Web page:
Warren and Charlie talks about Berkshire’s subsidiary TTI
TTI has been a nice growth story since Berkshire acquired it 11 years ago, more than doubling its pre-tax earnings to about $400 million due to fine organic growth and at least two successful bolt-on acquisitions. Business momentum appeared to accelerate in the first quarter.
Can you please talk about the competitive landscape in the electronic components distribution industry and what TTI’s advantages are? Is it just a great industry to be in or is TTI’s business model and/or management team special?
Do you expect it to continue to be one of Berkshire’s faster growing non- insurance subsidiaries?
TTI is run by a fellow named Paul Andrews who’s done an absolutely sensational job with us.
He’s a wonderful man. He’s a wonderful manager.
And in the last… he’s quadrupled the business, basically, but in the last year and accelerating right to this point.
They distribute little electronic components. They actually… their average… they’re a many- billion dollar business… and their average item is less than a nickel that they sell. So it’s kind of like being in the jellybean business or something like that. Except these things go into all kinds of fancy machines that I don’t understand.
And we have a worldwide operation based in the Dallas, Fort Worth area. And built by one man who left a division of General Dynamics 45 or 50 years ago. And step-by-step built up this business… like we just bought within the last two months, we bought an operation in South Korea that will be another substantial addition. We do business worldwide. And electronic components that have absolutely taken off in the last year.
And they use something called, you know, well, it’s essentially a measure of backlog. And book- to-build is the ratio they call it. But it’s just kind of a special term.
The… but, it’s grown… I mean, it’s just improved dramatically in the last year. And it continues month after month. So something is going on out there because nobody buys these things to store them in their basement or anything of the sort. I mean, these get used, these electronic components.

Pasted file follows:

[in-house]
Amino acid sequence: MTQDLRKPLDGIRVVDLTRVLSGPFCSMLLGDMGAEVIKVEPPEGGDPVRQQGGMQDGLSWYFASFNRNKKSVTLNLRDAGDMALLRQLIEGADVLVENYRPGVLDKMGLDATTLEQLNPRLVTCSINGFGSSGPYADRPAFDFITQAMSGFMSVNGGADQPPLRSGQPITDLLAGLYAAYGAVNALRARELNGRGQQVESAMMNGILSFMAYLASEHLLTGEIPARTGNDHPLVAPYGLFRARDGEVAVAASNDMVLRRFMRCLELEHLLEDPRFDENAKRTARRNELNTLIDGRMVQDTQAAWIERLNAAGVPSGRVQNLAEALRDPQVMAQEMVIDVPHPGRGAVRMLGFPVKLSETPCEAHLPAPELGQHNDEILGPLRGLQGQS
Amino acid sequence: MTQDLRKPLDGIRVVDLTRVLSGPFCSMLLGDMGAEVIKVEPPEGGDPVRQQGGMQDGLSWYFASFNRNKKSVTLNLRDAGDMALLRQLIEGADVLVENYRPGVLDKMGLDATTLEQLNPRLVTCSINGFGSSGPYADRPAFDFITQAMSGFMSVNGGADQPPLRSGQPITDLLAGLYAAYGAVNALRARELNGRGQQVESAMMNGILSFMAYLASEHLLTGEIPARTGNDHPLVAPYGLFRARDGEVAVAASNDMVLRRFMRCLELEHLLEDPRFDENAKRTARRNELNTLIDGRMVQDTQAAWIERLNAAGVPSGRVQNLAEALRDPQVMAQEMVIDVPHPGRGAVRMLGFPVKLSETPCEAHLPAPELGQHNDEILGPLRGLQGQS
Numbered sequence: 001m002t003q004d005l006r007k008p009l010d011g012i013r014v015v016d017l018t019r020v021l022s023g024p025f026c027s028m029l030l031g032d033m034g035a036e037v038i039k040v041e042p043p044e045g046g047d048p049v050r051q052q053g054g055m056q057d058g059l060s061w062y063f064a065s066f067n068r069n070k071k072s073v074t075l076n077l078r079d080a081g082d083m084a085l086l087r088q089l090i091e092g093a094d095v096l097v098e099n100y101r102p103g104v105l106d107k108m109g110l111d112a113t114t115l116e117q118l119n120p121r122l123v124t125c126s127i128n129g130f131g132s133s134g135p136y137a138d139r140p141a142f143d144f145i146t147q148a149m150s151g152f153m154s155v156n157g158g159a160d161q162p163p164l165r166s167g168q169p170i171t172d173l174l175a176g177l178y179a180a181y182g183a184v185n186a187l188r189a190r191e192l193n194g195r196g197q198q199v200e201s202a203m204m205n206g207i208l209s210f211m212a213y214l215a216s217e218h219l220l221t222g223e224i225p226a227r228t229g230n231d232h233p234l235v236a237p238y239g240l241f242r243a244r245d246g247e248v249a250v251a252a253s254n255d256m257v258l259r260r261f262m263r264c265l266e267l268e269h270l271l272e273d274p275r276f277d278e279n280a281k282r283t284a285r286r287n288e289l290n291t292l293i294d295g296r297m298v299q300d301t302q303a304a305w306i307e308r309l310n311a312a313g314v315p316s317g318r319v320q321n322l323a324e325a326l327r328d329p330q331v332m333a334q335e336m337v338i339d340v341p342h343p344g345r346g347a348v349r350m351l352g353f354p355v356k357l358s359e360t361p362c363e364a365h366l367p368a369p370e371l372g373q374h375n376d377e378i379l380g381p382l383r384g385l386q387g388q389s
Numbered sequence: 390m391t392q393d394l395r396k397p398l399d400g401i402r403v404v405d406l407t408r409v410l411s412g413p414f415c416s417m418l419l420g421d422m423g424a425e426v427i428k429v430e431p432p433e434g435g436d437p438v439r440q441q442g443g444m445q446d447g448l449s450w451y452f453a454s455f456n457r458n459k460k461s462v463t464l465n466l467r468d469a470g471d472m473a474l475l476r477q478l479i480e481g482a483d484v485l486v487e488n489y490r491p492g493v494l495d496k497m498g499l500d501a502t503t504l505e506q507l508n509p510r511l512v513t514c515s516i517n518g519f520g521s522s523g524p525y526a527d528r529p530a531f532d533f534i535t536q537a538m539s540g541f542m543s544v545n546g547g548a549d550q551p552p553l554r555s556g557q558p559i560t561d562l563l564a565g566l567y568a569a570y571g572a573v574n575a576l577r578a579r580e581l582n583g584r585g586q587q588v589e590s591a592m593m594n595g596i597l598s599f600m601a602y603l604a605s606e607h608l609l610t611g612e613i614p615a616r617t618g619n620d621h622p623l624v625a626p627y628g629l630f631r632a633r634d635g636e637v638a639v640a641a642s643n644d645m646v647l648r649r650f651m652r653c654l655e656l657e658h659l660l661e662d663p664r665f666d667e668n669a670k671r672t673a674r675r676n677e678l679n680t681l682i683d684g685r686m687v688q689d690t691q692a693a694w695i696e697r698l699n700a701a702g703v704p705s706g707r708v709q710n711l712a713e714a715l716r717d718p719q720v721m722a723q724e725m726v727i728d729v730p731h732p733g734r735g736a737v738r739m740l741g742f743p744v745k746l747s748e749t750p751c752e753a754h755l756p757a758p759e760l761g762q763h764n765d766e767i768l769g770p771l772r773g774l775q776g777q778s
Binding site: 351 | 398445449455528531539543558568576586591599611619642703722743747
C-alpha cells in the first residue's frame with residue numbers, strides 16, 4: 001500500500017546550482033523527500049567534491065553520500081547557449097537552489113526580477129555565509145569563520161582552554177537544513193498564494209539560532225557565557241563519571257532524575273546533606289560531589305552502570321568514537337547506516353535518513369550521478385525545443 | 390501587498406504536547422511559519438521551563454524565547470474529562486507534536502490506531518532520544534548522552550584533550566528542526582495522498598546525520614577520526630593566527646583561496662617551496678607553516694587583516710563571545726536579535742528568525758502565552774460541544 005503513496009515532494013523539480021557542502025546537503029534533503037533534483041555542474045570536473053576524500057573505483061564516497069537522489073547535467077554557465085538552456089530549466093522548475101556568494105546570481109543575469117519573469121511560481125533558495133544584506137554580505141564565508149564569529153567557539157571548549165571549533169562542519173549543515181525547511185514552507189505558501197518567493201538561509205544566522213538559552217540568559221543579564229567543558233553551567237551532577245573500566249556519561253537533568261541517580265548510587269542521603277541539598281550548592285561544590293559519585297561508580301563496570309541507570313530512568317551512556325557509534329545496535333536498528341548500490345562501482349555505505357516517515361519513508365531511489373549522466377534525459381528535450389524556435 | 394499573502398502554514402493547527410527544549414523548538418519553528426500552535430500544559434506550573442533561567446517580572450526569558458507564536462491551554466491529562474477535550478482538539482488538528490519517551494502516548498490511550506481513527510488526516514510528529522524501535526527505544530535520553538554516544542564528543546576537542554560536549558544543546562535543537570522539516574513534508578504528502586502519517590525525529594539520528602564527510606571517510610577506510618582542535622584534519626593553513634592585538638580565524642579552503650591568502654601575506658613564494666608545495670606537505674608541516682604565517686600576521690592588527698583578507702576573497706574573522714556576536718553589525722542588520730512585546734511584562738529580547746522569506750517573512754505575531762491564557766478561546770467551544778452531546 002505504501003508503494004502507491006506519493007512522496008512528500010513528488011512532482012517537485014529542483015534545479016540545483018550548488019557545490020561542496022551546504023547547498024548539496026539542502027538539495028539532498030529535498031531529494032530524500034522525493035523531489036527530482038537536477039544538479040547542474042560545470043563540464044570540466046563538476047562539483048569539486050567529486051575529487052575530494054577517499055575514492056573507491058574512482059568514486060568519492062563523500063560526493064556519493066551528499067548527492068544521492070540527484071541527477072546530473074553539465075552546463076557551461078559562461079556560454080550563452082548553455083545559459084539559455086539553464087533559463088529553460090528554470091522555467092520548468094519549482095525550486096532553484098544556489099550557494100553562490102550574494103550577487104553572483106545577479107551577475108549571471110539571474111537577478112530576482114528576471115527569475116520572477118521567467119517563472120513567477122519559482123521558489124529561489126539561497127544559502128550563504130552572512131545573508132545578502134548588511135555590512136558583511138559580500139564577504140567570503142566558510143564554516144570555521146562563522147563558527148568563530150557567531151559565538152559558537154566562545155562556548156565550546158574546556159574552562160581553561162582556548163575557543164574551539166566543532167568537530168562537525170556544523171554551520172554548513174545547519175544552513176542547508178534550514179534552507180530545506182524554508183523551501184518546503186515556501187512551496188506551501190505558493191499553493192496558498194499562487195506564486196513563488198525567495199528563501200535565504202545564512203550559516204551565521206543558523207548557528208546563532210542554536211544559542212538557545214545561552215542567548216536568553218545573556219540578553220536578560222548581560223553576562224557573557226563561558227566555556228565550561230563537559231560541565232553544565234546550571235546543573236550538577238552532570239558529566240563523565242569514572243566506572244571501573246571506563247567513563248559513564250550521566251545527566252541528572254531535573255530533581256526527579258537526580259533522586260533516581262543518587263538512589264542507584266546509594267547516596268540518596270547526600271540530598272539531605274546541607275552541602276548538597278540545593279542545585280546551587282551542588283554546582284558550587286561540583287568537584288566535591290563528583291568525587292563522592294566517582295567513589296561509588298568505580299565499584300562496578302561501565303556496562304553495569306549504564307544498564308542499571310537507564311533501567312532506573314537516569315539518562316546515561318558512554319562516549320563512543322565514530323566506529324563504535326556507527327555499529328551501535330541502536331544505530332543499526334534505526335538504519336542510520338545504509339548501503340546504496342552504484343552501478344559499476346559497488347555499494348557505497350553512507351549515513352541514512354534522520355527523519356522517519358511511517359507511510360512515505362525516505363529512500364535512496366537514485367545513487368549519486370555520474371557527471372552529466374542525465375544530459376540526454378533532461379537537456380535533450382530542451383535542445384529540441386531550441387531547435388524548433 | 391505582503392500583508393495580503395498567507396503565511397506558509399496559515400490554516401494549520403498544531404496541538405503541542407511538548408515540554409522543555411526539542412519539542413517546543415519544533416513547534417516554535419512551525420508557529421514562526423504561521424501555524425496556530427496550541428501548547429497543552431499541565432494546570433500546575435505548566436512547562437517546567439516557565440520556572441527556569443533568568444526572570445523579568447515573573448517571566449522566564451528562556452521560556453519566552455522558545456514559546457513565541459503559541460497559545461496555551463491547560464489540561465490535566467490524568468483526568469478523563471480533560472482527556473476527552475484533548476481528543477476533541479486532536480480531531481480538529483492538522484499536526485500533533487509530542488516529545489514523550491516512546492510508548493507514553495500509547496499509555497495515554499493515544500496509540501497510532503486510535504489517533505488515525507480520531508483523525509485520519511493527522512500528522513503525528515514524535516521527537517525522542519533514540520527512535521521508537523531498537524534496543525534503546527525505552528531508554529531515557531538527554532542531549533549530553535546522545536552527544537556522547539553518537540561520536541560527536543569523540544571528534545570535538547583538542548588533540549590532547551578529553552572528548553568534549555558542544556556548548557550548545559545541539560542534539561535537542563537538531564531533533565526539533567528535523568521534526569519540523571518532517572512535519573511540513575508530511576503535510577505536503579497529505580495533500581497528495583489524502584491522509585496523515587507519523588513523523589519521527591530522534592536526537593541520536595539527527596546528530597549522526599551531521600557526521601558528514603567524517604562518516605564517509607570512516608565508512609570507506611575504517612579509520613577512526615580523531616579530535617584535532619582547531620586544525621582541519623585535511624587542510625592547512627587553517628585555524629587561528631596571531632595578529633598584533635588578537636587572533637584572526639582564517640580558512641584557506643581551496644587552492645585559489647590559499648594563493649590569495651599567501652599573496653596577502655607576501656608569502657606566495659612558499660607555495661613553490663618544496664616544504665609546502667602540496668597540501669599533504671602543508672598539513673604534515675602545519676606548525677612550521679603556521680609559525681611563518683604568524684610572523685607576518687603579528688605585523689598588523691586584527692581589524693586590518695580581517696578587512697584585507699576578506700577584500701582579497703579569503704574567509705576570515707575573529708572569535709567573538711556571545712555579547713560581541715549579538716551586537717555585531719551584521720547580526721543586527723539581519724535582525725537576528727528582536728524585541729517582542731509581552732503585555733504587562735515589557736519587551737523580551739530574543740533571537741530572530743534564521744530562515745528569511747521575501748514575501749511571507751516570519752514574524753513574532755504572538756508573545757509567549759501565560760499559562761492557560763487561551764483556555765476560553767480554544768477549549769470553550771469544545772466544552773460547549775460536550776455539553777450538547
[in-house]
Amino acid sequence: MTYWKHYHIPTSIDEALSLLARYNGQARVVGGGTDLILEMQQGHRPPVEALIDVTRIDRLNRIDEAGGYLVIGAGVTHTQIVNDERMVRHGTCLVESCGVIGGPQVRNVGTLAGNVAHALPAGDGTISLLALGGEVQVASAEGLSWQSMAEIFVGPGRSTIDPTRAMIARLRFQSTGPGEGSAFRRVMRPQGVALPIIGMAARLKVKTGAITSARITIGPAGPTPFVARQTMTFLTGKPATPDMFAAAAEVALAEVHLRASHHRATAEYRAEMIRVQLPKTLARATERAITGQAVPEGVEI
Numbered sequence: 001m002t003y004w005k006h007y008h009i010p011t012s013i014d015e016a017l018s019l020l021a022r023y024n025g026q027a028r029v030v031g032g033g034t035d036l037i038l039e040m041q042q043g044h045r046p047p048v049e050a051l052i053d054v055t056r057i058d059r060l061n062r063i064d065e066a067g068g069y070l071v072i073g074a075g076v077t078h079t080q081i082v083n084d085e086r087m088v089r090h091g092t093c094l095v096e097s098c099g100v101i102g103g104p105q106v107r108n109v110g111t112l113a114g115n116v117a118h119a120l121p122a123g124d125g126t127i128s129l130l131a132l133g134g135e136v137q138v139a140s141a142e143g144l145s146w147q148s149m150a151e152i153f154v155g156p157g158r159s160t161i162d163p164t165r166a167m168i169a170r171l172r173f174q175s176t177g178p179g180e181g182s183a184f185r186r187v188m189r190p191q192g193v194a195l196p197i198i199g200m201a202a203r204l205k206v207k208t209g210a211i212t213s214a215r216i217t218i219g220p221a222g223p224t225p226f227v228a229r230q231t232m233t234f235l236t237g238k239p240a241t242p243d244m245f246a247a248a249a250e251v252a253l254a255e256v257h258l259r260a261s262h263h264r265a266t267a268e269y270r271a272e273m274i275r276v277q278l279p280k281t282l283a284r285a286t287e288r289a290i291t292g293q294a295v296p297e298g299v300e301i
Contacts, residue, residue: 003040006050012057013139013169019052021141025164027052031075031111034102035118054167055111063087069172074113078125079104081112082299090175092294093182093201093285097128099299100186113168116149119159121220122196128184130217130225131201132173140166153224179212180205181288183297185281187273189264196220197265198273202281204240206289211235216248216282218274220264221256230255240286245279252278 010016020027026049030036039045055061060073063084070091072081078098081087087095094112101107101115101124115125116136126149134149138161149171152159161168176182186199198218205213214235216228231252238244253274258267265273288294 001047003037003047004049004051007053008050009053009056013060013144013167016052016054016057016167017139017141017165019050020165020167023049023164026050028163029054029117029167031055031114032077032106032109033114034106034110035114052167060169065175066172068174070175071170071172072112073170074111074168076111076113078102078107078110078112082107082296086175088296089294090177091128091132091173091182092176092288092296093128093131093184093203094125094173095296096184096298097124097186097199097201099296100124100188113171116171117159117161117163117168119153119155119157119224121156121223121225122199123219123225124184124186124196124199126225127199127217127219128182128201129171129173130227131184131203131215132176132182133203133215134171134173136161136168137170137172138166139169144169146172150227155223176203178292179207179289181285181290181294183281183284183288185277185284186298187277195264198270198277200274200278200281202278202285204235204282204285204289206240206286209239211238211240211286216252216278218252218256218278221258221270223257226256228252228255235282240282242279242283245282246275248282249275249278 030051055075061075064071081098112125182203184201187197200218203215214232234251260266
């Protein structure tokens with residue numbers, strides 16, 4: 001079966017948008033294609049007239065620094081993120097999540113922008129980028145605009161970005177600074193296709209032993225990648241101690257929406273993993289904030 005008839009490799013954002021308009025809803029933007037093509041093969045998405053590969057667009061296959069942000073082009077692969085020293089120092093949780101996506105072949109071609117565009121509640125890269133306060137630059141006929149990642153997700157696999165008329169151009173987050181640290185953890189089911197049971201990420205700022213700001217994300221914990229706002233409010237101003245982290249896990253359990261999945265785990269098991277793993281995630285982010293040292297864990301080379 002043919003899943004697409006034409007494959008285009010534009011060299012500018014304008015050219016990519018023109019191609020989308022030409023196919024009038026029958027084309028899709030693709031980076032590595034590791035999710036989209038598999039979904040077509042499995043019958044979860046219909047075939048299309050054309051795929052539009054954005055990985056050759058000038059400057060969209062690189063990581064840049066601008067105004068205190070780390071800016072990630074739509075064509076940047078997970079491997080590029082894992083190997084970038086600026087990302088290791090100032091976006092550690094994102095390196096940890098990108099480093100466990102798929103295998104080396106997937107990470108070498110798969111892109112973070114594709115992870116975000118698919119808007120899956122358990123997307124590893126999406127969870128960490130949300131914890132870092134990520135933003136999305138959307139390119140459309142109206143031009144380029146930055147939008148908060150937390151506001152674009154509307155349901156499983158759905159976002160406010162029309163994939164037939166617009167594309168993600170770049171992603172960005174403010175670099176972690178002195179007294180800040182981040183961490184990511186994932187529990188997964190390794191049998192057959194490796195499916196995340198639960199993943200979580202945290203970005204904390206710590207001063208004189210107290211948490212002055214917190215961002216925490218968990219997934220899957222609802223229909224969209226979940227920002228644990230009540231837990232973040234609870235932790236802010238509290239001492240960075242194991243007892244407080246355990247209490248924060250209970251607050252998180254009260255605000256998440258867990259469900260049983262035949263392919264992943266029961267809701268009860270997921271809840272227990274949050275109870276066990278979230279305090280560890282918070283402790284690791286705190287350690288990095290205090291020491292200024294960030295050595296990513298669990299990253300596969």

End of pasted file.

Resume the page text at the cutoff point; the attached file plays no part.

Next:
Some of them are on allocation. We have a great relationship with suppliers. We have a very good relationship with our customers because we carry more inventory than most of our competitors. So particularly when the business is tight we can deliver and do a very first-class job doing it.
So I give credit to Paul. He increased his physical facility, started on that a few years ago. And it’s a godsend that he did it because with the business going through there now we wouldn’t have been able to handle it.
But it’s a competitive business. I mean, if you look at Arrow Electronics, you know, on the New York Stock Exchange… we’ve got competitors. I think Paul is doing a better job, by a considerable margin, than they are. And I’m delighted as a part of the Berkshire family.
There will be times when that business slows down because their customers, you know, will have their own cycles. And what it does will go down. But over time that business is going to grow.
Yeah, it’s a wonderful business because it’s so difficult to do that competitors don’t want try it.
When I lived in Omaha there was a man who lived in great prosperity and almost no work. And his business was gathering up and rendering dead horses. And he never had any competitors.
He used to come up to the Omaha Club and start drinking about 11 in the morning. It was not a difficult business. But nobody ever crowded him with new competition.
And very few people want to distribute zillions of electronic parts that are worth a nickel each. It’s very complicated.
And of course that business is terribly good at it. And it keeps getting more and more of the same. So you’re right. It’s a huge growth business which is sort of the electronic equivalent of gathering up and rendering dead horses.
Imagine keeping track of close to a million different items, you know, with very small values attached to them and getting them out to your customer fast because they
want them fast, all over the world. You know, and those things are not easy to manage. I mean, yeah.
And staying in stock on so many items. It’s very complicated. And that business is very good at it.
Yeah, we’re luck…
And of course it’ll grow. The horses went away but these parts aren’t going to go away.
Charlie made a profession of studying businesses where the owners could sit around and drink all day and have… he thought that was where we ought to be competing but… or buying.
My theory, Warren, is if it can’t stand a little mismanagement, it’s no business.
Yeah and we’re testing that sometimes.